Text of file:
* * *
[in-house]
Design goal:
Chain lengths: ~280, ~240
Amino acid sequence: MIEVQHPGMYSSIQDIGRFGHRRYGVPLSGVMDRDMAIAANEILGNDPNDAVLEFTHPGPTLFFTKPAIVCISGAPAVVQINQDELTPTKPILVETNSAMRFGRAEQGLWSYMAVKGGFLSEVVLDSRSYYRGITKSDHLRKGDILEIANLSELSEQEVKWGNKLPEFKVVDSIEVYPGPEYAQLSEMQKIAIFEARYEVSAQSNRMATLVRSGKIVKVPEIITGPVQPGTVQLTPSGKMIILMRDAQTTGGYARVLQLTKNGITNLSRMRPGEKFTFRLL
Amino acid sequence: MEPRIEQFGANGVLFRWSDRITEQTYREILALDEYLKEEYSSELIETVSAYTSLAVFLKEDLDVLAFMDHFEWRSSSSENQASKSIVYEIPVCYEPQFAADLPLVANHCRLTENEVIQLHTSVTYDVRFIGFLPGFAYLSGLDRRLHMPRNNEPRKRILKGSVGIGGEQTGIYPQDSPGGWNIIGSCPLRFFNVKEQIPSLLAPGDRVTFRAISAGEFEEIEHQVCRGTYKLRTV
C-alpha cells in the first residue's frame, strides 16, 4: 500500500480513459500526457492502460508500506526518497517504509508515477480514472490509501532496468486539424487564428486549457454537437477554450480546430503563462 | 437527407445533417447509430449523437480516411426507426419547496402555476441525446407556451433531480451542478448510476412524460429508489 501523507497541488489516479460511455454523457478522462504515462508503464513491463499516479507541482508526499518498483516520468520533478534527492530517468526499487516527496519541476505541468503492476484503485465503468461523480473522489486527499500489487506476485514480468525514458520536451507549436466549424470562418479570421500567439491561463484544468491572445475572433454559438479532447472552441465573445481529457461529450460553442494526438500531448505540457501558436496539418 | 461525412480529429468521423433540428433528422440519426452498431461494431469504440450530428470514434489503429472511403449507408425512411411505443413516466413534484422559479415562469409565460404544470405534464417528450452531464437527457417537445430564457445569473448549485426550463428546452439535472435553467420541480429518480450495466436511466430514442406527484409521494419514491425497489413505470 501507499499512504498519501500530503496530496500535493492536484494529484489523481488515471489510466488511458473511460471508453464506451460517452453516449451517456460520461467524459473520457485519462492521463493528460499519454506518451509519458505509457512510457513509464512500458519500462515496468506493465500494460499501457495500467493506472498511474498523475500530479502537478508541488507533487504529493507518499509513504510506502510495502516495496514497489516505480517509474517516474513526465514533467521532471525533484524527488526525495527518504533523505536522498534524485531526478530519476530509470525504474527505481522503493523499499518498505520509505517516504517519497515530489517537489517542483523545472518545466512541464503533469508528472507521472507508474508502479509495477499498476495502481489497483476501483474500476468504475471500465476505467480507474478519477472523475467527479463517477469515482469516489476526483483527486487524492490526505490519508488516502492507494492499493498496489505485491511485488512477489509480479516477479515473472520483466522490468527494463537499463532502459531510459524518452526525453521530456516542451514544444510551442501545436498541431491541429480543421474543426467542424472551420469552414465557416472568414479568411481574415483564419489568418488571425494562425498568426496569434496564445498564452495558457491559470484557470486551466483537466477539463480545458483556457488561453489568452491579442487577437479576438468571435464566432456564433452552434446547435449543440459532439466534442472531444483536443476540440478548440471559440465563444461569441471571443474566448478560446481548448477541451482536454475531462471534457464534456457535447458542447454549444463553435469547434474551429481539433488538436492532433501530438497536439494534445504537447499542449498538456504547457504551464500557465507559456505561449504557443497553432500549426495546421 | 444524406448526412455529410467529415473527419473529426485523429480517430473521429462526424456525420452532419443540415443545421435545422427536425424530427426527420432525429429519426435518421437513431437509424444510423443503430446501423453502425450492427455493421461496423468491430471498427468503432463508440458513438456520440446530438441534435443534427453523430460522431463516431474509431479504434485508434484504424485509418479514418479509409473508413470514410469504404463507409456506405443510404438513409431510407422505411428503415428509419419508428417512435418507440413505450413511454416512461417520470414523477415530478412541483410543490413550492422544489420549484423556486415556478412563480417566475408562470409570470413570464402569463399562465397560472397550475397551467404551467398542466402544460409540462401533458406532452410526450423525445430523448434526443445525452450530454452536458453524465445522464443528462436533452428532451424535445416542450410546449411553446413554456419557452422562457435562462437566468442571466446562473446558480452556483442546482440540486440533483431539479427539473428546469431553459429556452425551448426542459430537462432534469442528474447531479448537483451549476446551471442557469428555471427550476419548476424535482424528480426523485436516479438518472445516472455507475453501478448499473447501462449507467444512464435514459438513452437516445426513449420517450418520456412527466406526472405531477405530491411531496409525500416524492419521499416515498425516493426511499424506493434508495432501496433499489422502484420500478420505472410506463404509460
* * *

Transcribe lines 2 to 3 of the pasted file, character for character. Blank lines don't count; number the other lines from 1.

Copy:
Design goal:
Chain lengths: ~280, ~240